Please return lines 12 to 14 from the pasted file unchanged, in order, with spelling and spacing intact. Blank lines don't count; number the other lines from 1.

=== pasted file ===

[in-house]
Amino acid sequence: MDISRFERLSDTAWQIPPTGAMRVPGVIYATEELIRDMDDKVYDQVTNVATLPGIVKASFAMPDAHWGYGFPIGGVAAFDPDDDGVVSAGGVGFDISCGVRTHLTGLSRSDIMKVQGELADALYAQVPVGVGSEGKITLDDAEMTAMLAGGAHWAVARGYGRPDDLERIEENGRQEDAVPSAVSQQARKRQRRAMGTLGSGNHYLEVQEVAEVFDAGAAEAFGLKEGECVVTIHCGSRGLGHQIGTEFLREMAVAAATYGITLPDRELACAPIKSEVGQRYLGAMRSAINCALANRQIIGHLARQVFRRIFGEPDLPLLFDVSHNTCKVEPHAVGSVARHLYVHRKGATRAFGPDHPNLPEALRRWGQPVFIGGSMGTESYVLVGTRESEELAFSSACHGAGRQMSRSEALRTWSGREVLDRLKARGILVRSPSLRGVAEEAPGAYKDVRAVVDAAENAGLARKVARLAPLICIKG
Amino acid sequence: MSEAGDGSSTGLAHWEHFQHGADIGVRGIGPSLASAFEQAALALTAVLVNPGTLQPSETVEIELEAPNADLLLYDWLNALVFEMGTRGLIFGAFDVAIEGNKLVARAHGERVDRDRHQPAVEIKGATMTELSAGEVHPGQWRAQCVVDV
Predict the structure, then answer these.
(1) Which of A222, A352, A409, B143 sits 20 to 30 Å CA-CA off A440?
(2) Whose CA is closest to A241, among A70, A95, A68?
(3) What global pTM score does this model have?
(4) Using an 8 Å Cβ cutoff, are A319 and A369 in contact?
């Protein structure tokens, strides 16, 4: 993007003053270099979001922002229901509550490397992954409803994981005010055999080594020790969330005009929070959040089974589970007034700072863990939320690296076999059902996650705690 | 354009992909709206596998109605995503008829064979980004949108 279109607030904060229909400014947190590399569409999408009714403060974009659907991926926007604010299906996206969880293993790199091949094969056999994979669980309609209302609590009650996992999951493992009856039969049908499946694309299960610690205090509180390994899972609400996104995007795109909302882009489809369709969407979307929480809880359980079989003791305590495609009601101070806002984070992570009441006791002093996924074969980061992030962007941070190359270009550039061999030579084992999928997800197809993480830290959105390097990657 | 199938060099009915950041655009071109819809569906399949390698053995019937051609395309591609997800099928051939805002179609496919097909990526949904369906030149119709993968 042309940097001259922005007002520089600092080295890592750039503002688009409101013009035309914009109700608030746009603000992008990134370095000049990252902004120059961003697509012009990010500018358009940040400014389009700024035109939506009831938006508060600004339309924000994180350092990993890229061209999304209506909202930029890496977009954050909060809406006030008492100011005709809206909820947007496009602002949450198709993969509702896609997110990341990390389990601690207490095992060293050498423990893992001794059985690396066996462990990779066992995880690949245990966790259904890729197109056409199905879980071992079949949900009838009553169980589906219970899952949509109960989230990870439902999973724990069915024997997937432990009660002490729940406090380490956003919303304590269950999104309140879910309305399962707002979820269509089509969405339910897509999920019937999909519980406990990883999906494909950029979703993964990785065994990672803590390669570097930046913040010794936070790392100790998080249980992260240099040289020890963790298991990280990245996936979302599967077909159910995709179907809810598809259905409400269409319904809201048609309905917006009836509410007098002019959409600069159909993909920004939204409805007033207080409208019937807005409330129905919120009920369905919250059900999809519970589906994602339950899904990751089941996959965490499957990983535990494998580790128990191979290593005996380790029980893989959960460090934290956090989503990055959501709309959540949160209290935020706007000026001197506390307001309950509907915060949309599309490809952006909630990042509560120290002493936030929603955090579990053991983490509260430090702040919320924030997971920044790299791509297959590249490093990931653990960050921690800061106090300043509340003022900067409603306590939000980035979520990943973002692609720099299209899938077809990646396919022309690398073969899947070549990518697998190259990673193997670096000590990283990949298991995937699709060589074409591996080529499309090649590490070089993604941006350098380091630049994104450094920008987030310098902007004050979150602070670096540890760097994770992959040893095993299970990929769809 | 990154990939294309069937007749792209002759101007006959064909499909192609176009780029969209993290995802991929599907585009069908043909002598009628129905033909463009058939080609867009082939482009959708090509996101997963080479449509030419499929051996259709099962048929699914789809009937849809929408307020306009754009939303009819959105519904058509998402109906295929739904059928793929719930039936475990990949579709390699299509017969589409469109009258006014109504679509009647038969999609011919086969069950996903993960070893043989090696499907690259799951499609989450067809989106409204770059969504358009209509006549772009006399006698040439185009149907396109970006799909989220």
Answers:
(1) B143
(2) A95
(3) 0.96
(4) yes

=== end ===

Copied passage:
(2) A95
(3) 0.96
(4) yes